This week, I examined Fleshing Out Models of Gender in English-Language Novels (1850 – 2000) by Jonathan Y. Chen. This piece interestingly examines a semi-literal sort of “fleshing-out” – that is, Cheng discusses how anatomy factors into characterization and the presentation and representation of characters, and the relationship between this and gender. Cheng also examines how models of gender have changed over the 150 years proceeding 1850 and addresses notions of heteronormativity and binary gender.
In his introduction, Cheng writes that “it is difficult to overstate the significance of the body in scholarly accounts of gender” but that “[anatomical] details have long played a larger role in the representation of women” (Cheng 2-3). He also comments that “[anatomical] characteristics have increasingly been deployed along gendered lines until only very recently” but that “men and women are increasingly embodied using different words,” to the point of descriptions of actions such as “clasping one’s hand” are indicative of gender (Cheng 3). In brief, Cheng asserts that as time goes on, anatomical descriptions become more common in writing.
In his second section, titled Methods and Limitations, Cheng uses a modified version of BookNLP, a natural language processing pipeline, to perform what is largely supervised text analysis of the works in his corpus (clearly stated to be over 13000 English language novels on page 7). He posts images of several samples of his process, including an array depicting locations of references to a character in text (in terms of page number), the pronouns or proper nouns that those references consist of, and the way those references are tied back to the character in question. Cheng describes “[adding] onto [characters’ models] by extracting additional words that physically describe each character” and “[gathering] the verbs and adjectives modifying their bodily features” (Cheng 4).
Essentially, Cheng attempts to associate verbs and adjectives with parts of the body, and then associate all of those and their combinations with a gender. Cheng gives the example of the phrase his hands compared to the phrase his hands grasped: in this case, the verb “grasp” would be associated with the noun “hands” and both words, as well as the combination of the two words, would be associated with the male gender. Of course however, his results use the entire corpus. If he were to encounter three instances of “her hands grasped” later on, it would shift the words towards femininity for the purposes of the analysis.
In terms of limitations, Cheng mentions that “labelled as either feminine, masculine, or unknown” isn’t sufficient to “capture the complexity of gender identity” (Cheng 6). However, he takes into account that his corpus includes works from a time of much more rigid gender norms, thus almost using this limitation to his advantage. Additionally, he admits that pronouns such as “I,” especially in a vacuum, are not sufficient to present a clear gender identity. As a result, he is unable to count such characters’ physical features in a matter applicable to his study.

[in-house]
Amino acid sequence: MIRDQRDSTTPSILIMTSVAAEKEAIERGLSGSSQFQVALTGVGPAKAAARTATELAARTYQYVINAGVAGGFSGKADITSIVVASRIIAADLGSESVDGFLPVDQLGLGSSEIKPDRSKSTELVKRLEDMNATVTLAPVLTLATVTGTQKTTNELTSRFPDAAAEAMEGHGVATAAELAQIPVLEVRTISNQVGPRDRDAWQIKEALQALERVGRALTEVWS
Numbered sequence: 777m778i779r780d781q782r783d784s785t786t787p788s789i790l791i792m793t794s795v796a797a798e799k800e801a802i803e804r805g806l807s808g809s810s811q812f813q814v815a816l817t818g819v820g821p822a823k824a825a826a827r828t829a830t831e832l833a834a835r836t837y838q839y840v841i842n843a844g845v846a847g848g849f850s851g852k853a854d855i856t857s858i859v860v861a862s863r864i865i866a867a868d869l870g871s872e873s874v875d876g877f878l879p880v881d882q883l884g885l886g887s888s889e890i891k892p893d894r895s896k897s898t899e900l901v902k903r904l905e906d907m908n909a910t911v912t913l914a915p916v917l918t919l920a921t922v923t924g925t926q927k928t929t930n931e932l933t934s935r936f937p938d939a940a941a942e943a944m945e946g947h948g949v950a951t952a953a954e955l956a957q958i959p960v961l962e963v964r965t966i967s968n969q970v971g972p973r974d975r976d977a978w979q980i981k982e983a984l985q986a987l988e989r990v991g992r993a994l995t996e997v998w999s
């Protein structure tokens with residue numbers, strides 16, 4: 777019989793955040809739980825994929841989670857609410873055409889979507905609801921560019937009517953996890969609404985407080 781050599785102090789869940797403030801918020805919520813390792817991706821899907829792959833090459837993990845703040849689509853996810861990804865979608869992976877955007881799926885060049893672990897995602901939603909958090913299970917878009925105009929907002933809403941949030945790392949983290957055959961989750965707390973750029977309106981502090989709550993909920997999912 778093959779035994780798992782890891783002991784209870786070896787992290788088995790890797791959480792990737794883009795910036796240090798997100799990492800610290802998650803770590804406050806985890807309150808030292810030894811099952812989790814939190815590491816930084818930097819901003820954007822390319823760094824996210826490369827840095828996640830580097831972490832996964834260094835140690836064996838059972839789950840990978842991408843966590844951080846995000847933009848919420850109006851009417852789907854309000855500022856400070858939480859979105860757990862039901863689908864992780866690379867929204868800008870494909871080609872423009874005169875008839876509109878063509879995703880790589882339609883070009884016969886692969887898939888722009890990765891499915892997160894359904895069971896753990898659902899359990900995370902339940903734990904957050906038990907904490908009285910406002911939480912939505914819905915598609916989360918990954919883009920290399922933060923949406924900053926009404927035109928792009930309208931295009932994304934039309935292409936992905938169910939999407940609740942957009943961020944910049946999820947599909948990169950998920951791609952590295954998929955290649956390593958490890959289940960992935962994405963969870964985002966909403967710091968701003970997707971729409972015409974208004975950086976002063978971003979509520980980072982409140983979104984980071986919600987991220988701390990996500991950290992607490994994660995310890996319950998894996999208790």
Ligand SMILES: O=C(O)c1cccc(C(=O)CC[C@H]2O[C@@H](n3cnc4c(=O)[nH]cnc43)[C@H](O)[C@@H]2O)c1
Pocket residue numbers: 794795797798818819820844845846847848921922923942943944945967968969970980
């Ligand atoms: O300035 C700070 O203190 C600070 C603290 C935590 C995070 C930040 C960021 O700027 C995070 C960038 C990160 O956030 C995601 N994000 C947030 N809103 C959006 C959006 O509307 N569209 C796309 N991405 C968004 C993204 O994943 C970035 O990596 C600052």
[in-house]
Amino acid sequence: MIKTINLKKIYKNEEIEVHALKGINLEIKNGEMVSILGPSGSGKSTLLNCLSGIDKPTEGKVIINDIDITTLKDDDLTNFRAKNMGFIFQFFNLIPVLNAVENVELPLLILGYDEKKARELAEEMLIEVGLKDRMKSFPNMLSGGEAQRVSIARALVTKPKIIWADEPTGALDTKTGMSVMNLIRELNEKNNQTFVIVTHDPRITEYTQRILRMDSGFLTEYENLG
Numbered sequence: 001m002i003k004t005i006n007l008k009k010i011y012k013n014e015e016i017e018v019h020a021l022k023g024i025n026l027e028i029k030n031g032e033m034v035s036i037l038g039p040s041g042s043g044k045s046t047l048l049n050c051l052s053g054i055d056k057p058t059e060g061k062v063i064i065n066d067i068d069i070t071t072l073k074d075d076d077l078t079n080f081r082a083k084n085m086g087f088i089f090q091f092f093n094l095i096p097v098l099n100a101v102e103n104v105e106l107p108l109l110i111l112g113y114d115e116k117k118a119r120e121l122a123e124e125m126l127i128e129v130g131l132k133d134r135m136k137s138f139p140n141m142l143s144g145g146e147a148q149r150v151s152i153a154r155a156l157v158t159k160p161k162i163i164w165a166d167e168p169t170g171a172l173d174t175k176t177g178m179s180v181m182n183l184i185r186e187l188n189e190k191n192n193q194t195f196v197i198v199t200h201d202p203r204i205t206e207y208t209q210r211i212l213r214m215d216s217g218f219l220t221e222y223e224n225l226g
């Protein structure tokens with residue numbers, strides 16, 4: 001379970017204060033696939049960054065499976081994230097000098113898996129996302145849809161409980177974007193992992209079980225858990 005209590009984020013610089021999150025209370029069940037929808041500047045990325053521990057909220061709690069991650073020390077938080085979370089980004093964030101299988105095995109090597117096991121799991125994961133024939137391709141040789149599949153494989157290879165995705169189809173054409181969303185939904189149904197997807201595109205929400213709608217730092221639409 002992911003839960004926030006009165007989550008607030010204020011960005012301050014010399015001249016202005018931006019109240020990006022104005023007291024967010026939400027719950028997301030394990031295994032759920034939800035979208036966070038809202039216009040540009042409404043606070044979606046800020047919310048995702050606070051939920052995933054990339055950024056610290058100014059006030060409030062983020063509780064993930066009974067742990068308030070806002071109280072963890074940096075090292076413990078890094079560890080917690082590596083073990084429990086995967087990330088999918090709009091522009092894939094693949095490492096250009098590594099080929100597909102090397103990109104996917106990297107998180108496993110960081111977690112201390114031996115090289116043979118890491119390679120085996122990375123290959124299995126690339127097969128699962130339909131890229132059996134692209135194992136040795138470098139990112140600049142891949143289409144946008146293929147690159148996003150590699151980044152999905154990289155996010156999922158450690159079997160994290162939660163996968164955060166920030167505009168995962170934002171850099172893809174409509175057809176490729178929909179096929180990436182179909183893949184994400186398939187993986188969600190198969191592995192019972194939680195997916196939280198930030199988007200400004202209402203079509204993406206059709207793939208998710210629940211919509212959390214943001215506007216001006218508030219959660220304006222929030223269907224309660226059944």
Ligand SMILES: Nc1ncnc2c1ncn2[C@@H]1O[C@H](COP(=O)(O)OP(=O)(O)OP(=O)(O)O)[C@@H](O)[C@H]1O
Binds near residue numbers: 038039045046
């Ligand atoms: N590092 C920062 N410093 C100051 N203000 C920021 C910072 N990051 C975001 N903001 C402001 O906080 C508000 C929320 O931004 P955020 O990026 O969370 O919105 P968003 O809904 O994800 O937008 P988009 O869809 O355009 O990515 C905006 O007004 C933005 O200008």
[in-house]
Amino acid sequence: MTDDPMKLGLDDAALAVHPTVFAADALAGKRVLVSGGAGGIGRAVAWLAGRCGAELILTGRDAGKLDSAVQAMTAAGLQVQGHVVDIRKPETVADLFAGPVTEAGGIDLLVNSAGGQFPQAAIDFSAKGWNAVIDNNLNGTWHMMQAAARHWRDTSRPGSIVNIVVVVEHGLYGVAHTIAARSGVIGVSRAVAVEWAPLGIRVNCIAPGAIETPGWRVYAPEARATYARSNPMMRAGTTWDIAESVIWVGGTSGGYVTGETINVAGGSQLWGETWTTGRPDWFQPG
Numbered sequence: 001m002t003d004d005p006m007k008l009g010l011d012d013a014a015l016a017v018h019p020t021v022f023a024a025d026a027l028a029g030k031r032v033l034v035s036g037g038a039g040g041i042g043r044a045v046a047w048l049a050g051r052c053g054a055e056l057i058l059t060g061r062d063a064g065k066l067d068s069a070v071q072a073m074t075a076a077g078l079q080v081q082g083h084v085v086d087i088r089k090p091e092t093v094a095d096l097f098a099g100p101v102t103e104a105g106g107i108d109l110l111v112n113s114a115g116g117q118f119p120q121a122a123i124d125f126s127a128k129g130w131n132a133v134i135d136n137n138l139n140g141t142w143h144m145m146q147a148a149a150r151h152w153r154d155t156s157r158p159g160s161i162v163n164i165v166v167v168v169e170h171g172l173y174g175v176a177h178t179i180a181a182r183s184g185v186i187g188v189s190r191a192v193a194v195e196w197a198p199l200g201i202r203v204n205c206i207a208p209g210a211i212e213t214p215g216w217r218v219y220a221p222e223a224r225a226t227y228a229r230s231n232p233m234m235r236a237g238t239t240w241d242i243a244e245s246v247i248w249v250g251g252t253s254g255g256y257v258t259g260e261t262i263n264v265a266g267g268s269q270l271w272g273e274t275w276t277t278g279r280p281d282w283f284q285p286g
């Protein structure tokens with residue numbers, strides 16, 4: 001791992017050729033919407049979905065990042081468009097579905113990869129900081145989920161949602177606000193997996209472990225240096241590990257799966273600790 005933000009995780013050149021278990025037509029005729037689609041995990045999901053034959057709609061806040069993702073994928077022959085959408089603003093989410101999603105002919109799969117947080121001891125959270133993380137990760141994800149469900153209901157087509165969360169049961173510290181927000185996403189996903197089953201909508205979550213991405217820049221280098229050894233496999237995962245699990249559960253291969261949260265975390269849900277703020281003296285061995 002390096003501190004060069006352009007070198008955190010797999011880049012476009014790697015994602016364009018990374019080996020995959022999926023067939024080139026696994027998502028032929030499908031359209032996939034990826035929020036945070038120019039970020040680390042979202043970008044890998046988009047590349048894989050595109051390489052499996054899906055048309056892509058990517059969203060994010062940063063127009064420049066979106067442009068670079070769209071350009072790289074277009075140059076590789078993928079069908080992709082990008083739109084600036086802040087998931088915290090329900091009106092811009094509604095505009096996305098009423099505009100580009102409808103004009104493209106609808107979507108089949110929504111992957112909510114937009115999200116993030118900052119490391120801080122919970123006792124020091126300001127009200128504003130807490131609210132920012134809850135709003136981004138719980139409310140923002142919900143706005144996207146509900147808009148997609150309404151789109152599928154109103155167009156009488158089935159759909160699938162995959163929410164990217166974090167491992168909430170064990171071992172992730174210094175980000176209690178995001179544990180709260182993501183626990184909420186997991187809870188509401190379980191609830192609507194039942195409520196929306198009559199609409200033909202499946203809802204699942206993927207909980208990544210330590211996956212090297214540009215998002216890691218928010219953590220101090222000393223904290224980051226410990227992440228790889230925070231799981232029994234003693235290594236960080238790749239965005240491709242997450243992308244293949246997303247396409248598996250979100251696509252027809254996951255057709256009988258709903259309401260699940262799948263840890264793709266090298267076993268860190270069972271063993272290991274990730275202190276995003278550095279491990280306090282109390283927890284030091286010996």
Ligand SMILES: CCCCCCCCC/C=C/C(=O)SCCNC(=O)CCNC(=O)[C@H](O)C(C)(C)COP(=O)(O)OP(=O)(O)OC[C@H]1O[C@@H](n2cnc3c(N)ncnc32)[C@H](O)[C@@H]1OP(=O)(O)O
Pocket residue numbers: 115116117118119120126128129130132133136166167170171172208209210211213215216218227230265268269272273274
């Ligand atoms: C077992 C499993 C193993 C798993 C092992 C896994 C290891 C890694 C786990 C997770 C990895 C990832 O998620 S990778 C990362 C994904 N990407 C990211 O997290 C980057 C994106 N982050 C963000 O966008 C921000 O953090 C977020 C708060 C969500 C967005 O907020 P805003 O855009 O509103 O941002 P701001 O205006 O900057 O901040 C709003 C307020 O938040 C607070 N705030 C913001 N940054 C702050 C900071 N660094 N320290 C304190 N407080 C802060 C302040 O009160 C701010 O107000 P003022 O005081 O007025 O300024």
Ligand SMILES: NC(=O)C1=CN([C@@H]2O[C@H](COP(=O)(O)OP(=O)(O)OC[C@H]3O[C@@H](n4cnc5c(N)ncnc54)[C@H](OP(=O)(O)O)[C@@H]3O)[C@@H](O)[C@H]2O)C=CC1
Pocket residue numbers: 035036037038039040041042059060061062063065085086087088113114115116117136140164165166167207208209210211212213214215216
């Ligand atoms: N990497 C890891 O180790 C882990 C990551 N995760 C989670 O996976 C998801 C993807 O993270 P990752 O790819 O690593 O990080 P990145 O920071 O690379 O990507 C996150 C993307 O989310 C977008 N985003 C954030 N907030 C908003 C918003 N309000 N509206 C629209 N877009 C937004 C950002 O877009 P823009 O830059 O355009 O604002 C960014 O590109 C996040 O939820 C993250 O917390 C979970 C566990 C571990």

In the section entitled Embodying Fictional Men and Women, 1850 – 2000, Cheng displays graphs of his results, depicting a trend he describes as “body language [becoming] a growing aspect of all characters as we get closer to the twenty-first century” – on one table of results, the slope (“shown to provide sense of rate of increase”) of the data covering the percentage of physical description of men over time is over double that of the percentage of physical description of women over time (Cheng 9). Later, he posts two graphs comparing the use of body language by gender of characters, but segregated by the gender of the writer of the pieces. Interestingly, both of these graphs show the same general trend as the first graph. However, Cheng comments that “the correlation has dropped a fair amount for female characters written by women” – he keeps in mind the possibility of this being because of a reduce sample size, but comments that there could be “a less poignant relationship between historical progression and the amount of physical description attributed to women”(Cheng 14-15).
Cheng’s last sections before his conclusion are Gendering the Body and Transformations of the Gendered Body. The former presents a very interesting graph showing the accuracy to which text analysis models can predict gender from physical description of texts from given years. While showcasing a lack of accuracy from the model may seem counterproductive without context, Cheng does so to make an intriguing point – at some points in history, specifically towards either end of the 1850-2000 range, gender was harder to predict from physical description. This is supported by the graph showing the least accuracy to the extremes of the X-axis, and the most accuracy towards the middle-right, around 1955.
In his conclusion, Cheng admits that he “[doesn’t] want to make it seem like [he has] provided a complete solution,” but rather that he “merely sketched out one way of analyzing the varied relationship between character and gender” that could very well be considered incomplete (Cheng 29). This may relate back to something he says in a prior section: that some of the analysis “provides a lot of avenues for future research” (Cheng 24).
All in all, I really liked Cheng’s piece. The subject matter of the piece is something I’d like to continue to study and look into more; perhaps what interested me most was how going forward, the models Cheng used had more trouble predicting gender. I’m also curious about how one could theoretically conduct a similar study, but one that accommodates for first-person pieces and character. Certainly, Fleshing Out Models of Gender in English-Language Novels (1850 – 2000) will be something I think back to if I ever have to do research on a related topic.